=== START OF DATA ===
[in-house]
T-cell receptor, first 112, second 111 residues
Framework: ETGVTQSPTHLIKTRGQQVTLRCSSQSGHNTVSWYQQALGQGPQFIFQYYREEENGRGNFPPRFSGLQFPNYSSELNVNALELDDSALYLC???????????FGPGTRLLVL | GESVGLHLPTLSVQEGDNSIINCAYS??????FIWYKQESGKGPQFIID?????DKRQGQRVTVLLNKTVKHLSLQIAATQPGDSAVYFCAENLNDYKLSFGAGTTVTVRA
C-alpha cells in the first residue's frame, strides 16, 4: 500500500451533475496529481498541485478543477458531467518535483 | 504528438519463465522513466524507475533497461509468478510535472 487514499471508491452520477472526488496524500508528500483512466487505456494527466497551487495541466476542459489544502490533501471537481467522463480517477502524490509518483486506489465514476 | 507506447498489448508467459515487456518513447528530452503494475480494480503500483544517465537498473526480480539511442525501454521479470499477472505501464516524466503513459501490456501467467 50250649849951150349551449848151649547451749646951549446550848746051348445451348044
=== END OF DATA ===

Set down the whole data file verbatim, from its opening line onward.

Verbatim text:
[in-house]
T-cell receptor, first 112, second 111 residues
Framework: ETGVTQSPTHLIKTRGQQVTLRCSSQSGHNTVSWYQQALGQGPQFIFQYYREEENGRGNFPPRFSGLQFPNYSSELNVNALELDDSALYLC???????????FGPGTRLLVL | GESVGLHLPTLSVQEGDNSIINCAYS??????FIWYKQESGKGPQFIID?????DKRQGQRVTVLLNKTVKHLSLQIAATQPGDSAVYFCAENLNDYKLSFGAGTTVTVRA
C-alpha cells in the first residue's frame, strides 16, 4: 500500500451533475496529481498541485478543477458531467518535483 | 504528438519463465522513466524507475533497461509468478510535472 487514499471508491452520477472526488496524500508528500483512466487505456494527466497551487495541466476542459489544502490533501471537481467522463480517477502524490509518483486506489465514476 | 507506447498489448508467459515487456518513447528530452503494475480494480503500483544517465537498473526480480539511442525501454521479470499477472505501464516524466503513459501490456501467467 50250649849951150349551449848151649547451749646951549446550848746051348445451348044